Calderon Preview
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Prof. George Grayson of William and Mary College (shown below), is an expert on Mexico who has long avoided happy talk in describing our southern neighbor, such as when he remarked, "There is a small economic elite who live like maharajas, and there's a political elite that protects them." George Grayson on Lou Dobbs special

Grayson appeared on Lou Dobbs Tonight Thursday to comment on the new Mexican Presidente who will take office on December 1 [Lou Dobbs Transcript, CNN 11/9/06].

DOBBS: To make another judgment, there is a view in this country that Mexico is the poorest nation in Latin America rather than the wealthiest, a view that if only the government of Mexico could be assisted, half its people would no longer live in poverty. But there is absolutely, at least — and I would like you to straighten me out on this — I see no impulse whatsoever on those elites to do anything about the abject poverty which they permit to be imposed on 50 million Mexican citizens?

GRAYSON: I think the hope, Lou, is that Calderon lost to Andres Manuel Lopez Obrador, who's a messianic populist. And he's now running around Mexico making speeches against any possible appointment or program that Calderon might propose. And it's just possible — and this is a long shot — that Mexican nomenklatura may realize that if Calderon doesn't accomplish reforms to improve the lot of the have-nots, that they may have another messiah, a second coming of Andres Lopez Obrador in six years. It's a long shot, but it's a possibility.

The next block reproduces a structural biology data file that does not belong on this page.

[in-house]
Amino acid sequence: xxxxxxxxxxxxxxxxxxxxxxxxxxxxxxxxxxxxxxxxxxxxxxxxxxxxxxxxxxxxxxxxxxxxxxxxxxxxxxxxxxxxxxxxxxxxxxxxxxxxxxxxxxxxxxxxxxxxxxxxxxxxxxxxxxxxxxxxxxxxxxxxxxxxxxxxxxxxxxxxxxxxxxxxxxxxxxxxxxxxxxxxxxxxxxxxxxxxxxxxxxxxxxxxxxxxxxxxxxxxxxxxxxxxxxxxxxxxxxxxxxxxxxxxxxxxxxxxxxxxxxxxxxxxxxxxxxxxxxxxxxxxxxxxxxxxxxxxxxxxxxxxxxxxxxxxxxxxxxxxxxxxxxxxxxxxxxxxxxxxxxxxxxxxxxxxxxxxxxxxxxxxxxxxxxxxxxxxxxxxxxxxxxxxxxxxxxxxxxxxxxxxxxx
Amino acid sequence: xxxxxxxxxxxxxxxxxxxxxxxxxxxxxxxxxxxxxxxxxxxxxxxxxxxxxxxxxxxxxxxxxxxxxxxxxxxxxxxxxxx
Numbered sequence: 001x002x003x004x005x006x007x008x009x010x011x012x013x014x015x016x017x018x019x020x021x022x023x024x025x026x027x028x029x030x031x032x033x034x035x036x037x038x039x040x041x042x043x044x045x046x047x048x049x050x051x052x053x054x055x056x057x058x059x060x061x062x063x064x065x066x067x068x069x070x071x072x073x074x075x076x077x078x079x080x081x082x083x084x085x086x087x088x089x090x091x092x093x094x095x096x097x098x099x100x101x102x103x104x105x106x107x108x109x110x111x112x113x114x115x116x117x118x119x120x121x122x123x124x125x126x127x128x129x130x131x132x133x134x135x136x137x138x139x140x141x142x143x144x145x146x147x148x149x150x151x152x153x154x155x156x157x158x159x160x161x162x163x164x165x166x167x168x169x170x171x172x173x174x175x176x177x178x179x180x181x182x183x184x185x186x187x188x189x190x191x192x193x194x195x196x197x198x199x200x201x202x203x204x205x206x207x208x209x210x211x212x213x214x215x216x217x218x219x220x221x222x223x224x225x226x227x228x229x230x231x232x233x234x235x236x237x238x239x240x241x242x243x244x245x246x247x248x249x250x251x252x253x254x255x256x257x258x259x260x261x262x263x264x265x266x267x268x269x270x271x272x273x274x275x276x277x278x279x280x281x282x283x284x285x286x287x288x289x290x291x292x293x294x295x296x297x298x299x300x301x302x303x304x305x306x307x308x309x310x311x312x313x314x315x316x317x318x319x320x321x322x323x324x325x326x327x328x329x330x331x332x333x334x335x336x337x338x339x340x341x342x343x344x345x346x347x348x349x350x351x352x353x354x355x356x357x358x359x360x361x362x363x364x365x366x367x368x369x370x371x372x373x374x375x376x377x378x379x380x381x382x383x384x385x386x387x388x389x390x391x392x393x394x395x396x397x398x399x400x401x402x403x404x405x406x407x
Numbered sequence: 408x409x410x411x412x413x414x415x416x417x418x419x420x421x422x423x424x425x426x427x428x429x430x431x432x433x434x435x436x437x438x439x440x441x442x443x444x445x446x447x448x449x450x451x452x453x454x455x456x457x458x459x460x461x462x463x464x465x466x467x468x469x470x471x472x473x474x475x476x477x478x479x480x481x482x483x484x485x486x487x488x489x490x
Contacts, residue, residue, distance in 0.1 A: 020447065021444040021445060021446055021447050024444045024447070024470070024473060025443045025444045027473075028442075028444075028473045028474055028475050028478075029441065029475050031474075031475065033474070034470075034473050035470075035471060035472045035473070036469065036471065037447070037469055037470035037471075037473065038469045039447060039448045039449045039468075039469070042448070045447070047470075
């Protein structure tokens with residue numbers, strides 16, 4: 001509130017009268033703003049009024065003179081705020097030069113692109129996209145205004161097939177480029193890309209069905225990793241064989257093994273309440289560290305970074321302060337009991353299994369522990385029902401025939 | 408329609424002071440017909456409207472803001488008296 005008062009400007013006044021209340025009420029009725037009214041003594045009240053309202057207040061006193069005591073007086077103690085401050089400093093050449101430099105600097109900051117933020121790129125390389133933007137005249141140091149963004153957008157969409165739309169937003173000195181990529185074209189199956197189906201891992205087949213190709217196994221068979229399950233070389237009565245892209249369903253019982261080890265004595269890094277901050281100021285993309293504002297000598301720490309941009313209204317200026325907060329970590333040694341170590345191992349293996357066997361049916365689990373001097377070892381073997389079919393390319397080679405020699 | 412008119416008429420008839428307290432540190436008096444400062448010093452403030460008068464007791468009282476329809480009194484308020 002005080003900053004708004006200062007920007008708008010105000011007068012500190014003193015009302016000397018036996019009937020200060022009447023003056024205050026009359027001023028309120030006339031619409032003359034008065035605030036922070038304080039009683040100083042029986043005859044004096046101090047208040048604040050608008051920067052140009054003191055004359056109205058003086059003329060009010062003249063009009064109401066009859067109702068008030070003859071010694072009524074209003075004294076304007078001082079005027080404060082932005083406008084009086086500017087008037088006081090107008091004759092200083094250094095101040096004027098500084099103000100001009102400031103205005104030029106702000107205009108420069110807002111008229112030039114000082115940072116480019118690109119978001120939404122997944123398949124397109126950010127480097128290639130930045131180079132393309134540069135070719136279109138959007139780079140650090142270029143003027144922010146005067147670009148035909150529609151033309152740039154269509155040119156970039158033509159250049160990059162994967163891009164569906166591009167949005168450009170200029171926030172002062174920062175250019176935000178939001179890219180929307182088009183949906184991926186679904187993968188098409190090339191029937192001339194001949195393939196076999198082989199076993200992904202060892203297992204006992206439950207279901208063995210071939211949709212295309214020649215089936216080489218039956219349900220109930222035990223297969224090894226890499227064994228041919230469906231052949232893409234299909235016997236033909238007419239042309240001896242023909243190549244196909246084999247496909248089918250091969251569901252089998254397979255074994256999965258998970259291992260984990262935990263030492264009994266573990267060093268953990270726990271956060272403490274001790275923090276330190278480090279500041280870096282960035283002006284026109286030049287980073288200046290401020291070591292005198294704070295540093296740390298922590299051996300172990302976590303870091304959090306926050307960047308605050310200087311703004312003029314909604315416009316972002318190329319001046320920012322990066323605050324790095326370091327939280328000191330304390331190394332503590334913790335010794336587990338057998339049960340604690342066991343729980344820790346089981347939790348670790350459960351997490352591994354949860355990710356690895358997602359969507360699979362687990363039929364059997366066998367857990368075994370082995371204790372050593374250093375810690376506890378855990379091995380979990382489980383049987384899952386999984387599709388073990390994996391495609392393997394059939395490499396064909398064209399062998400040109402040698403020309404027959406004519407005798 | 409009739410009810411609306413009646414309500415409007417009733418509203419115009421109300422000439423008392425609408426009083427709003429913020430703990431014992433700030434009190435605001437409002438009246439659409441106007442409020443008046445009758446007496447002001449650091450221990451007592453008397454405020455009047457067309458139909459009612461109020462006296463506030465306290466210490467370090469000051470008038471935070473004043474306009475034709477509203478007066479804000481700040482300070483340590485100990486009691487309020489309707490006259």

So Grayson is hoping against hope that the threat of uber-leftist Obrador attaining power in six years may frighten the Mexican elites into genuine reform.

In another Calderon preview, Grayson noted, "He knows it is imperative that Mexican citizens feel that they are safe in their own streets." Because they don't: average Mexicans fear the growing Colombianization of their country into a narco-state and the crumbling shreds of basic safety for regular people.

After a White House meeting, Grayson described Calderon as "perceptive and pragmatic... a breath of fresh air."

Let's hope that Prof. Grayson is right about Calderon being an improvement over his predecessor. The reign of Vicente Fox, initially hailed with great expectation as the first non-PRI presidente in 70 years, has been underwhelming for Mexicans and Americans alike.

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